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Discussion Starter · #1 · (Edited)
Hello Everyone. I have been a following member for quite a while and have found the information in this forum very helpful. I have a 2014 CTD that i purchased in September 2013. I drive mixed 80/20 highway/city. I maintain the car well and its been very reliable for me, but I have experienced a few issues that i have been able to relate to on this site. Bucking (mild and severe) after coasting or light throttle, and a huge lag (almost a stumble) when hot in start/stop situations. I've also experienced several random hard downshifts. These problems first occurred when the car was about 1 year old (not that bad or often) and they seemed to improve after the first emissions recall. Shortly after the latest recall, the symptoms reappeared and gradually became worse.

Background/history:
107,000km
O2 Sensor replaced for P026C code - Mid 2015
DEF Tank Heater - Aug 2016
Emission Recall 15594 - Ran great after recall, but still got occasional P026C code
Emission Recall 17089 - Above mentioned symptoms re-appeared and gradually got worse

Two posts caught my attention: 15 cruze won't start or run, and Help diagnose bucking during regens. Since reading these posts, i have cleaned my EGR valve and the intake valve (throttle plate). Thank-you IndyDiesel for the write-up on cleaning your EGR valve - it went well, just as you described it. I did not replace the gasket plate but probably will if I service the EGR valve again. There is coolant behind the gasket plate and if you have any pressure in the cooling system, it will drip while the EGR valve is out (i had a small panic when i saw this). I have attached four pictures below. 1.) Location of EGR and gasket plate 2.) Intake pipe removed looking into throttle body 3.) close-up of the very gummed up throttle valve 4.) valve body after cleaning

I did the EGR first, about 5 days before i cleaned the throttle body. I noticed a significant improvement in fuel economy and acceleration. The valve was not stuck open, but it was not moving very free and it would sometimes bind up. I used brake clean and worked the valve back and forth with an attached vise-grip. I was pleased with the improvement in performance, but the car was still bucking, mostly first thing in the morning.

When I removed the intake pipe at the throttle body i pushed the plate closed with my finger and it did not release on its own spring tension, but would pop free after a second or so. I figured this could be the cause of the bucking. Cleaning this was much more challenging. I used throttle body cleaner sprayed on rags and a small plastic scrapper to do most of the cleaning. Since so much crap was falling down onto the bottom of the intake (just on the bottom where i could still see it) , i rigged up a small plastic hose (about 3/8 inch) connected to my shop vac to suck out all the carbon debris. What a mess in there - really disappointed to see. I think i could have removed the whole throttle body assembly as well which would make this much easier and allow access to clean further into the intake. Care should be taken to not spray any cleaners directly into the intake since any residual solvents would ignite and combust very different than diesel fuel, potentially causing significant engine damage.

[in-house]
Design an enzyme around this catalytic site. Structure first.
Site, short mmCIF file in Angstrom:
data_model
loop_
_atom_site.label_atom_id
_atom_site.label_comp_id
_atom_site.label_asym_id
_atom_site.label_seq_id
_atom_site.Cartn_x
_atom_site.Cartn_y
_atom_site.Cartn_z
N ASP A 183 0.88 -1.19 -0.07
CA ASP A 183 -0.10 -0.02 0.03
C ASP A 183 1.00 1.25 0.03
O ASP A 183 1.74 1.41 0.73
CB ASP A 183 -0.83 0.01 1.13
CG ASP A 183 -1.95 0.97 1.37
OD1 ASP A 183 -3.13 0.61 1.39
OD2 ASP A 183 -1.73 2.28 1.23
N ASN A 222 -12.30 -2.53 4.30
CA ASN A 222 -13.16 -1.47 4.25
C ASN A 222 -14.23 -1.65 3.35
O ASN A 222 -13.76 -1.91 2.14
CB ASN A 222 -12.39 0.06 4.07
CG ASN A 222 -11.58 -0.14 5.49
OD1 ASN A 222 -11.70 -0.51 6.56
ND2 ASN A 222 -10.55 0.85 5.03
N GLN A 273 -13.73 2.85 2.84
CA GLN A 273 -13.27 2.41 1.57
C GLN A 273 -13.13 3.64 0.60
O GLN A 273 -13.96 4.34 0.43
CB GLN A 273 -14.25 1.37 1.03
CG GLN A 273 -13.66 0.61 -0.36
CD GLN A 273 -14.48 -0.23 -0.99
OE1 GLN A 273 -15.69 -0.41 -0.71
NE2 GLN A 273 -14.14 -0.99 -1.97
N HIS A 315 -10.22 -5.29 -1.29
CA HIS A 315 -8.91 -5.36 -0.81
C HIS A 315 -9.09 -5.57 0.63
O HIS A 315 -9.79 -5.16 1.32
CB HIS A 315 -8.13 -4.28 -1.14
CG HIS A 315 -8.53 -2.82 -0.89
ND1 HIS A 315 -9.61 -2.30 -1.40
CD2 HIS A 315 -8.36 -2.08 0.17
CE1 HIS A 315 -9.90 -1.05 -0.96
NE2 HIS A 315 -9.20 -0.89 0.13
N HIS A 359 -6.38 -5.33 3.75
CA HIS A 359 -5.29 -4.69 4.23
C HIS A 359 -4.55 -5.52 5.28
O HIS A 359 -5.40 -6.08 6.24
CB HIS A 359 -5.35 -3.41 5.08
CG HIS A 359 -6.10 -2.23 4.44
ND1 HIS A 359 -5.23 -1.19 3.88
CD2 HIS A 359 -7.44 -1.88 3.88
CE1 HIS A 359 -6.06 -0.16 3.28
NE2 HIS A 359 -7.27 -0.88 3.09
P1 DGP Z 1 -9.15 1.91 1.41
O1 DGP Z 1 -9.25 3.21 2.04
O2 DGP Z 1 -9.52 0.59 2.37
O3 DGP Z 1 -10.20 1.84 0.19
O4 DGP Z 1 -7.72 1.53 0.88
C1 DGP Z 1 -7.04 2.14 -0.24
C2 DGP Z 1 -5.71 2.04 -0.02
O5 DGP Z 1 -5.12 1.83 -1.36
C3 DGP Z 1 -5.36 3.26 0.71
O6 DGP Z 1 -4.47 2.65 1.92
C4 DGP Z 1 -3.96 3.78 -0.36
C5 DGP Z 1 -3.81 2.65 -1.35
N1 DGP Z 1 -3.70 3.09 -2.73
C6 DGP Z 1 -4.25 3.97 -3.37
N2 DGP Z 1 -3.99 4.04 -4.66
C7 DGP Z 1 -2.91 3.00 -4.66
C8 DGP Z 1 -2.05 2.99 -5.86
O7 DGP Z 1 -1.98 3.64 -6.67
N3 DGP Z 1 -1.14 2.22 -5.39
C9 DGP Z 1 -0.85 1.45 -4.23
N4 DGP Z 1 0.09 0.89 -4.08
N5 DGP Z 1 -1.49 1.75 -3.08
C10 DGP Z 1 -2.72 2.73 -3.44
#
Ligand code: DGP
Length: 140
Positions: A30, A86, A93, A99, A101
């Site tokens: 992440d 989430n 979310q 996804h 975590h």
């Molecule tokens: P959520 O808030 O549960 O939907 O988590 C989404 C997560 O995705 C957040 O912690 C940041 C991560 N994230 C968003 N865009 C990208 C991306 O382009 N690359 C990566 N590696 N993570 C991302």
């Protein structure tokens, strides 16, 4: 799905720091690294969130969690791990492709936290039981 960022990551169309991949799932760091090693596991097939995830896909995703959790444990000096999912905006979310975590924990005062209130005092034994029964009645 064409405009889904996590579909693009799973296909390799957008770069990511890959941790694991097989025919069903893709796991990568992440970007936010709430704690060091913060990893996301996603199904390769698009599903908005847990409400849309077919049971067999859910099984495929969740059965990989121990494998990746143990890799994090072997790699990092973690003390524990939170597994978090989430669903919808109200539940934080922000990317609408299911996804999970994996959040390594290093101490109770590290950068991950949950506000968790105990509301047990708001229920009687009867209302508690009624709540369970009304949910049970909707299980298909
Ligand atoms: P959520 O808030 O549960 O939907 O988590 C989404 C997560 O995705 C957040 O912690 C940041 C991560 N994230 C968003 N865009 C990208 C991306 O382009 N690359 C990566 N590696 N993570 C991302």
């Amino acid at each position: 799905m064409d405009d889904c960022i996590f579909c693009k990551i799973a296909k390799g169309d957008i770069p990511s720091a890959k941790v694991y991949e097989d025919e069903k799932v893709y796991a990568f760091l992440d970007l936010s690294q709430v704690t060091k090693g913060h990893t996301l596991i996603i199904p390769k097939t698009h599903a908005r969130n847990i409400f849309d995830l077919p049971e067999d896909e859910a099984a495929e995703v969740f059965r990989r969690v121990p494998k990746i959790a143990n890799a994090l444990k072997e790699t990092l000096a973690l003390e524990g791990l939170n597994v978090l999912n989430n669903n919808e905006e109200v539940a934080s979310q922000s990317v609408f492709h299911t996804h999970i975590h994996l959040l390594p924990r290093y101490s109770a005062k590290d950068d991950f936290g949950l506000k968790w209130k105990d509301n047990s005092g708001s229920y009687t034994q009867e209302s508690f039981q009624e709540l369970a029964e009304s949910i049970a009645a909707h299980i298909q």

So not sure why my intake got so gummed up. Are there any other reports on this? I've always used the proper engine oil and my UOAs have looked very good. I drive a lot of highway miles, but i could be a bit light on the throttle. All that stuff had to come through the PCV, so I may have to look at that further (catch can....ect.). I also find it interesting these symptoms came back after the latest emissions recall. I will be keeping an eye on the intake valve for sure. The car is running great again with fuel economy back up to near the best i've ever seen, and the bucking is gone, even during the regen it did today. I sure love this little car and hope this helps anyone having similar issues.

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2014 LT program car, Pull Me Over Red, 1.4T Auto
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Hello Everyone. I have been a following member for quite a while and have found the information in this forum very helpful. I have a 2014 CTD that i purchased in September 2013. I drive mixed 80/20 highway/city. I maintain the car well and its been very reliable for me, but I have experienced a few issues that i have been able to relate to on this site. Bucking (mild and severe) after coasting or light throttle, and a huge lag (almost a stumble) when hot in start/stop situations. I've also experienced several random hard downshifts. These problems first occurred when the car was about 1 year old (not that bad or often) and they seemed to improve after the first emissions recall. Shortly after the latest recall, the symptoms reappeared and gradually became worse.

Background/history: